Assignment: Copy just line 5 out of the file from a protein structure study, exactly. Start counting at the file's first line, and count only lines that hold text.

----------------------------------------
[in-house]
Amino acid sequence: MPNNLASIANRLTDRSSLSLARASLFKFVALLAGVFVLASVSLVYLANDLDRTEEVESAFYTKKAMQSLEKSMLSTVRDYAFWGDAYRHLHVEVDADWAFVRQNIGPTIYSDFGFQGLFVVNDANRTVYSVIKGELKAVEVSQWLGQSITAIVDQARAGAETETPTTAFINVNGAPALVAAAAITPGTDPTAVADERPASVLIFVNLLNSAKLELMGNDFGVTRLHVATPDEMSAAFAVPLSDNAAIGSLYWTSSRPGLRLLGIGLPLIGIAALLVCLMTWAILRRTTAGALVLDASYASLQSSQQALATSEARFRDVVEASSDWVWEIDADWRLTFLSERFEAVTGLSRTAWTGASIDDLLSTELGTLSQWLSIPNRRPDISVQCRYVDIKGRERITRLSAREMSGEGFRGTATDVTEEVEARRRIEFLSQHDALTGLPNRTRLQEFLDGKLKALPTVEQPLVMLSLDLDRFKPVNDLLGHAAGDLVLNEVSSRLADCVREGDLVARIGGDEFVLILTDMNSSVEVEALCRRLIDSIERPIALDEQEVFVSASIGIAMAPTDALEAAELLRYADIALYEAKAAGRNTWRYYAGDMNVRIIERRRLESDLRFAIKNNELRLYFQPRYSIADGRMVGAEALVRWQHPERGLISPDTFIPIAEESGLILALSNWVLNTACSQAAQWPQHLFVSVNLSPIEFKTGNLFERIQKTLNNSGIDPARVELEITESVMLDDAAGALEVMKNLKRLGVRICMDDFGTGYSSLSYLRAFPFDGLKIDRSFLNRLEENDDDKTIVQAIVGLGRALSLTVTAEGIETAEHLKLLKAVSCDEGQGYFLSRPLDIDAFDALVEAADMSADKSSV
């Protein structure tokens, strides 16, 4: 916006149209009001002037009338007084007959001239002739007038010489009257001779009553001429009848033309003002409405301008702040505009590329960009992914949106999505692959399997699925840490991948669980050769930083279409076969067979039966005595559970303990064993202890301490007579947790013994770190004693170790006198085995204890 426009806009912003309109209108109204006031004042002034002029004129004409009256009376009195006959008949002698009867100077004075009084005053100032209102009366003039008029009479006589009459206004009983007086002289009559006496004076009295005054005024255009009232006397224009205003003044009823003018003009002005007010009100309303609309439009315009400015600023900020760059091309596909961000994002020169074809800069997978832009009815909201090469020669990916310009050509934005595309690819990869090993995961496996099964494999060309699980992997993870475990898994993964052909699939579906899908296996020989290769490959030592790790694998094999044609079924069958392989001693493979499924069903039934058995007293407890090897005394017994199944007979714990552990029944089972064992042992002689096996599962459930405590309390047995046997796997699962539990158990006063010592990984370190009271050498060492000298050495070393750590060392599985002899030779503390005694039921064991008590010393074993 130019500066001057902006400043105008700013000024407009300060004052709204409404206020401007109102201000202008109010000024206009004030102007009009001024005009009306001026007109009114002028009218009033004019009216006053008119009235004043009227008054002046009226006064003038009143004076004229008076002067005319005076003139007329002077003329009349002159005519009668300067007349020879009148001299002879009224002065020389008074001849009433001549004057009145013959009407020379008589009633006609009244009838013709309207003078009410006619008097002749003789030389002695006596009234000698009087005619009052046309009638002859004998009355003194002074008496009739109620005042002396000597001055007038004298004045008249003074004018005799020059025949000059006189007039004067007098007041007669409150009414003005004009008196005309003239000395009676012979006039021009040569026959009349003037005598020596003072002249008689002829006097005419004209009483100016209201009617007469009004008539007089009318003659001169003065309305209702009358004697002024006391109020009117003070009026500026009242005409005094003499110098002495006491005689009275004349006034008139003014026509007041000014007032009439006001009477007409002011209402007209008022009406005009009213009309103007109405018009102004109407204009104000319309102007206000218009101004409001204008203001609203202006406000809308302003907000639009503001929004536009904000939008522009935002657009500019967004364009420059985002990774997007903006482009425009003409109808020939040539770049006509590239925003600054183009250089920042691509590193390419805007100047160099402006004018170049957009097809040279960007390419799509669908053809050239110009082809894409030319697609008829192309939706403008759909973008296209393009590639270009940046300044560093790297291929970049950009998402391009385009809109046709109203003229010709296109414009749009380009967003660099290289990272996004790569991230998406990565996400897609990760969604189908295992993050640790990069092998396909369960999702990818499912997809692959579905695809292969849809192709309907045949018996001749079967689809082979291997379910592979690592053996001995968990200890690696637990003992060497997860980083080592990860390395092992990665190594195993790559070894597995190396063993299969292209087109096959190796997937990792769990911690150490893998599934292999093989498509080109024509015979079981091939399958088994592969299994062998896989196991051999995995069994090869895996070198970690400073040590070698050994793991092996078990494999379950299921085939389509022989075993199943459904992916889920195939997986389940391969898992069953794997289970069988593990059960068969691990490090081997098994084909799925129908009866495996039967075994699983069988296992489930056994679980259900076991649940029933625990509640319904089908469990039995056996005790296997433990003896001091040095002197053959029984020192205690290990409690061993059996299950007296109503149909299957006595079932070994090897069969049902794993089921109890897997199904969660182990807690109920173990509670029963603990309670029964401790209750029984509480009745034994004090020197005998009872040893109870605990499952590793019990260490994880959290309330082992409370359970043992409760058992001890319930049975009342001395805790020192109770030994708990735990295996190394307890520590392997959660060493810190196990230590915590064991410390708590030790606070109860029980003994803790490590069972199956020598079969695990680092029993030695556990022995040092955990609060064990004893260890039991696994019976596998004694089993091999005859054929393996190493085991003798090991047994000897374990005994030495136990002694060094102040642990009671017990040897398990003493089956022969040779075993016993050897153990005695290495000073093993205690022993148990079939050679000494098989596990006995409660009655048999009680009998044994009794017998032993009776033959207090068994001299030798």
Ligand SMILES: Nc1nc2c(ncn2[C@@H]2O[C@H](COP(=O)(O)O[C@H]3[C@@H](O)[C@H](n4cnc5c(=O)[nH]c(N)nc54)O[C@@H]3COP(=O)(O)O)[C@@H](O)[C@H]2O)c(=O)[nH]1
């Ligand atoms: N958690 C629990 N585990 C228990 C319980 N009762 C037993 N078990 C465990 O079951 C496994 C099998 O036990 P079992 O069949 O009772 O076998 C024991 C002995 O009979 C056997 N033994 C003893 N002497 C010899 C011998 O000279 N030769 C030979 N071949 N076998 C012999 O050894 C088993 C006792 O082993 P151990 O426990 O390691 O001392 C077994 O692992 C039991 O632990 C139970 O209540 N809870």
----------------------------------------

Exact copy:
């Ligand atoms: N958690 C629990 N585990 C228990 C319980 N009762 C037993 N078990 C465990 O079951 C496994 C099998 O036990 P079992 O069949 O009772 O076998 C024991 C002995 O009979 C056997 N033994 C003893 N002497 C010899 C011998 O000279 N030769 C030979 N071949 N076998 C012999 O050894 C088993 C006792 O082993 P151990 O426990 O390691 O001392 C077994 O692992 C039991 O632990 C139970 O209540 N809870």